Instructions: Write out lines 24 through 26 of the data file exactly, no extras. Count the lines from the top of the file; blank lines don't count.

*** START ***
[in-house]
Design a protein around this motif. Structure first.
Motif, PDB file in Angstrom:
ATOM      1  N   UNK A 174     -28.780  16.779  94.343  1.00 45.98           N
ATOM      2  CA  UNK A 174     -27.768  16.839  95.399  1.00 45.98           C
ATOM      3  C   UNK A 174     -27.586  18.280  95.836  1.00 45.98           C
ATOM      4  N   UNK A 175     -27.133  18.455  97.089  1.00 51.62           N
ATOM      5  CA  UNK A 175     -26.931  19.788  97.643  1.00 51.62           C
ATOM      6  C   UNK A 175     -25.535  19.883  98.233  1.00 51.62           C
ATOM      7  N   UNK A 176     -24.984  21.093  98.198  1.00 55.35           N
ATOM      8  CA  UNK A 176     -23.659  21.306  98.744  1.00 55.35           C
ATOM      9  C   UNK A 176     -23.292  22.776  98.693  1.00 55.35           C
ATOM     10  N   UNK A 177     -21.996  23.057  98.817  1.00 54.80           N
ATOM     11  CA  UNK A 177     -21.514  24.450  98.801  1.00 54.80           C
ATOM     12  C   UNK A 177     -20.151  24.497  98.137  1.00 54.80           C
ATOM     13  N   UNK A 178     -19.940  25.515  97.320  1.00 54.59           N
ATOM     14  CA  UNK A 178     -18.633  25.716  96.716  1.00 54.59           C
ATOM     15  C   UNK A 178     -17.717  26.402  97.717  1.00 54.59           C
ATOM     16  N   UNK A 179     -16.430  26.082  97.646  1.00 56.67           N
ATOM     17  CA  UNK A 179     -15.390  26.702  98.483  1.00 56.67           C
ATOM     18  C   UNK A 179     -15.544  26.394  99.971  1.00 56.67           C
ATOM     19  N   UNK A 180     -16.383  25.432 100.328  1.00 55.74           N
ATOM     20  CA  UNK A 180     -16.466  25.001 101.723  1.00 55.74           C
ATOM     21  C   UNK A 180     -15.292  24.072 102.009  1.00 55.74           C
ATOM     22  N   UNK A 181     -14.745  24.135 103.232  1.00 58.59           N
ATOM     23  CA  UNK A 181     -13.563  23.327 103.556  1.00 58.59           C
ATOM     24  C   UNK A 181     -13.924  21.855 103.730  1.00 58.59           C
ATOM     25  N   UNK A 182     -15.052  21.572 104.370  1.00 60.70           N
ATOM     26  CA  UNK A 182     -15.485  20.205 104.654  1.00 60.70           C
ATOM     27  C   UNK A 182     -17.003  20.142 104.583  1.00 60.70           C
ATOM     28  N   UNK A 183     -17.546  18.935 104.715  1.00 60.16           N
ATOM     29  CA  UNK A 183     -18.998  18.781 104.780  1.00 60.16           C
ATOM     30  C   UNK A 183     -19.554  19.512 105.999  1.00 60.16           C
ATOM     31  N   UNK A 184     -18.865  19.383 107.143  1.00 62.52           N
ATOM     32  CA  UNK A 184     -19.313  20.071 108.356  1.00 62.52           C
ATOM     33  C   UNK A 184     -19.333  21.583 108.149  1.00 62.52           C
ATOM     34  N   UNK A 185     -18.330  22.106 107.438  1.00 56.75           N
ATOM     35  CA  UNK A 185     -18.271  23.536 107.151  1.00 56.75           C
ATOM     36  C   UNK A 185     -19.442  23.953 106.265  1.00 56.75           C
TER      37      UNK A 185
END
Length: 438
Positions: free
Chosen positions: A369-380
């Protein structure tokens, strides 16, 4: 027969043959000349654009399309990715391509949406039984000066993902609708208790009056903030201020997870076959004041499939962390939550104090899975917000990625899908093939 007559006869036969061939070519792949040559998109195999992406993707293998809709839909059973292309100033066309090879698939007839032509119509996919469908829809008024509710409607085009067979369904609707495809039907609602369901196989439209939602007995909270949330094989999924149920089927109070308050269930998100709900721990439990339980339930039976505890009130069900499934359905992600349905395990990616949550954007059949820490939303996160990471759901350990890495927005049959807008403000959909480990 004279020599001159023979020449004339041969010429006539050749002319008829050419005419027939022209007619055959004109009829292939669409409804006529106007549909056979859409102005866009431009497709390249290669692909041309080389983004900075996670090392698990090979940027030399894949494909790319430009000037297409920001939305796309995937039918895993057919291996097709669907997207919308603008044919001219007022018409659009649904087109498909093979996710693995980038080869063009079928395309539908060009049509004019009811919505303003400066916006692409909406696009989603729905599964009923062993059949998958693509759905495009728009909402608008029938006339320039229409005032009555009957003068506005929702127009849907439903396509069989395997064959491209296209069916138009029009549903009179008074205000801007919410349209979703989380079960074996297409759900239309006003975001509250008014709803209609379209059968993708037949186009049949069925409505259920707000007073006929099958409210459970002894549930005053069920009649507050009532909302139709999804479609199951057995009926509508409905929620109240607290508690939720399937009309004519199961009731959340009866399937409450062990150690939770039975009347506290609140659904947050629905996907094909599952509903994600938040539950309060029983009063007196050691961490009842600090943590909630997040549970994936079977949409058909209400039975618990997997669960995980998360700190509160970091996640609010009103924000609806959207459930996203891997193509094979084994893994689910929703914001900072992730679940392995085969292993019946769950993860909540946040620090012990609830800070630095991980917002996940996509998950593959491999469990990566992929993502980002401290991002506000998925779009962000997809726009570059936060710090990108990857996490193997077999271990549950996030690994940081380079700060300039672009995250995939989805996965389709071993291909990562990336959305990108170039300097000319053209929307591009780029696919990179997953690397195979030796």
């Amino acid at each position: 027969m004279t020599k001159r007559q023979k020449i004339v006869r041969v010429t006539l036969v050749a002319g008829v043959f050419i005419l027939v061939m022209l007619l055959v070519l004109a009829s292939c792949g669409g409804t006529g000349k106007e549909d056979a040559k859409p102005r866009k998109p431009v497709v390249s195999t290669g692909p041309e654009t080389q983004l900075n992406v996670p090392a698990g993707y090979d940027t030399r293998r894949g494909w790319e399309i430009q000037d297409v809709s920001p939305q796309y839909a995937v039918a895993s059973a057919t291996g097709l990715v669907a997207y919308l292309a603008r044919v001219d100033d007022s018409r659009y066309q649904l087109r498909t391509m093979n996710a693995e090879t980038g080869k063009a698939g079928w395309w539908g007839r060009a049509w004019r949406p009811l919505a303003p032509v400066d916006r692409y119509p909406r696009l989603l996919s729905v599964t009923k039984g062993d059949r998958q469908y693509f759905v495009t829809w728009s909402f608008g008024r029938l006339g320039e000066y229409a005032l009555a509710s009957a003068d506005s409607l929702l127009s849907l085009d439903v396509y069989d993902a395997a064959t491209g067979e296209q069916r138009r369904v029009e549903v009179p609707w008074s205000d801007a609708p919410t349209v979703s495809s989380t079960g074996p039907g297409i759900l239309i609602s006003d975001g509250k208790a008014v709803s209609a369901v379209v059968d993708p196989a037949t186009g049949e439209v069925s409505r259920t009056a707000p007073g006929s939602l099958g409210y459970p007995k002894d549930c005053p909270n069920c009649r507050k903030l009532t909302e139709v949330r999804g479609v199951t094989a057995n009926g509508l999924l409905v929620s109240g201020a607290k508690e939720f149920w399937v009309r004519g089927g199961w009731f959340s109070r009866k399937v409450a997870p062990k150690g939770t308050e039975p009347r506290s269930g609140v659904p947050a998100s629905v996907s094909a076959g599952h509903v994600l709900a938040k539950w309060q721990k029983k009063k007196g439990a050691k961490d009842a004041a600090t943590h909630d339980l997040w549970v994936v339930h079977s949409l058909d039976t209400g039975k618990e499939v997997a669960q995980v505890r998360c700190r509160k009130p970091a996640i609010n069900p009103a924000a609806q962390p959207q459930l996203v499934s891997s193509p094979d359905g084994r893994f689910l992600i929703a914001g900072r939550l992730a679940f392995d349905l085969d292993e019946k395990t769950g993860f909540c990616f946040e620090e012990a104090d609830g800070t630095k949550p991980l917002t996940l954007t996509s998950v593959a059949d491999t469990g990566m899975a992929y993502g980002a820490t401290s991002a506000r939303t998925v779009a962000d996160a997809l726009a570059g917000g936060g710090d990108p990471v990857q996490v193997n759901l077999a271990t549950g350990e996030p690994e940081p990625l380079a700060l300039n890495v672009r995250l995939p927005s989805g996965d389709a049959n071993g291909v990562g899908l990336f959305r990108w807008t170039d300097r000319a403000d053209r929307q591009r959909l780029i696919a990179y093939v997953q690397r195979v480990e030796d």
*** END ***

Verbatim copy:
ATOM     21  C   UNK A 180     -15.292  24.072 102.009  1.00 55.74           C
ATOM     22  N   UNK A 181     -14.745  24.135 103.232  1.00 58.59           N
ATOM     23  CA  UNK A 181     -13.563  23.327 103.556  1.00 58.59           C